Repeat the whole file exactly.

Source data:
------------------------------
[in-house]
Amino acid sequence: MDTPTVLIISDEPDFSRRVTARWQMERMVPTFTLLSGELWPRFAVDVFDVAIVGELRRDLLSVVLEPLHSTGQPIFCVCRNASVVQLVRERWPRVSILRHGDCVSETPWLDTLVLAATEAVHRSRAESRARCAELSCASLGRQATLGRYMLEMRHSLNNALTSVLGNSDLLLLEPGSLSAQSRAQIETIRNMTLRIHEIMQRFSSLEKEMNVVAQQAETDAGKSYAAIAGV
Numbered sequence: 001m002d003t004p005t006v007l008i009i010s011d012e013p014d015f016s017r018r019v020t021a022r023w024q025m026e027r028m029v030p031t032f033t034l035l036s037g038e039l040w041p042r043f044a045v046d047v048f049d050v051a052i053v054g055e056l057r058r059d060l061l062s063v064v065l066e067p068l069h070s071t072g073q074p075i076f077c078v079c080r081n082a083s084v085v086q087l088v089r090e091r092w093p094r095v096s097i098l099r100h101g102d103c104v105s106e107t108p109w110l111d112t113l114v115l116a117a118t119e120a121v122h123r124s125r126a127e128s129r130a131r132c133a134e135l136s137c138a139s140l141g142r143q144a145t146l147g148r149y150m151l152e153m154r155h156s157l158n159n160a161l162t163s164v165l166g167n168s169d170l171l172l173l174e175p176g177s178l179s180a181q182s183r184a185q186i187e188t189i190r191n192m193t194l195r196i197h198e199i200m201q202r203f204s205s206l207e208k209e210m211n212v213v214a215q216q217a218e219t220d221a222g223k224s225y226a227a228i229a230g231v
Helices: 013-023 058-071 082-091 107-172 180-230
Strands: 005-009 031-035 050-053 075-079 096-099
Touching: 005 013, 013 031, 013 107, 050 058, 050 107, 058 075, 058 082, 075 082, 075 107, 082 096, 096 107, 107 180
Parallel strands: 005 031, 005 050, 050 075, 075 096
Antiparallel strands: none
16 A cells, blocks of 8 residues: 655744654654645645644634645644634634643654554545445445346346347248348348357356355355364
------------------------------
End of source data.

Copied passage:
[in-house]
Amino acid sequence: MDTPTVLIISDEPDFSRRVTARWQMERMVPTFTLLSGELWPRFAVDVFDVAIVGELRRDLLSVVLEPLHSTGQPIFCVCRNASVVQLVRERWPRVSILRHGDCVSETPWLDTLVLAATEAVHRSRAESRARCAELSCASLGRQATLGRYMLEMRHSLNNALTSVLGNSDLLLLEPGSLSAQSRAQIETIRNMTLRIHEIMQRFSSLEKEMNVVAQQAETDAGKSYAAIAGV
Numbered sequence: 001m002d003t004p005t006v007l008i009i010s011d012e013p014d015f016s017r018r019v020t021a022r023w024q025m026e027r028m029v030p031t032f033t034l035l036s037g038e039l040w041p042r043f044a045v046d047v048f049d050v051a052i053v054g055e056l057r058r059d060l061l062s063v064v065l066e067p068l069h070s071t072g073q074p075i076f077c078v079c080r081n082a083s084v085v086q087l088v089r090e091r092w093p094r095v096s097i098l099r100h101g102d103c104v105s106e107t108p109w110l111d112t113l114v115l116a117a118t119e120a121v122h123r124s125r126a127e128s129r130a131r132c133a134e135l136s137c138a139s140l141g142r143q144a145t146l147g148r149y150m151l152e153m154r155h156s157l158n159n160a161l162t163s164v165l166g167n168s169d170l171l172l173l174e175p176g177s178l179s180a181q182s183r184a185q186i187e188t189i190r191n192m193t194l195r196i197h198e199i200m201q202r203f204s205s206l207e208k209e210m211n212v213v214a215q216q217a218e219t220d221a222g223k224s225y226a227a228i229a230g231v
Helices: 013-023 058-071 082-091 107-172 180-230
Strands: 005-009 031-035 050-053 075-079 096-099
Touching: 005 013, 013 031, 013 107, 050 058, 050 107, 058 075, 058 082, 075 082, 075 107, 082 096, 096 107, 107 180
Parallel strands: 005 031, 005 050, 050 075, 075 096
Antiparallel strands: none
16 A cells, blocks of 8 residues: 655744654654645645644634645644634634643654554545445445346346347248348348357356355355364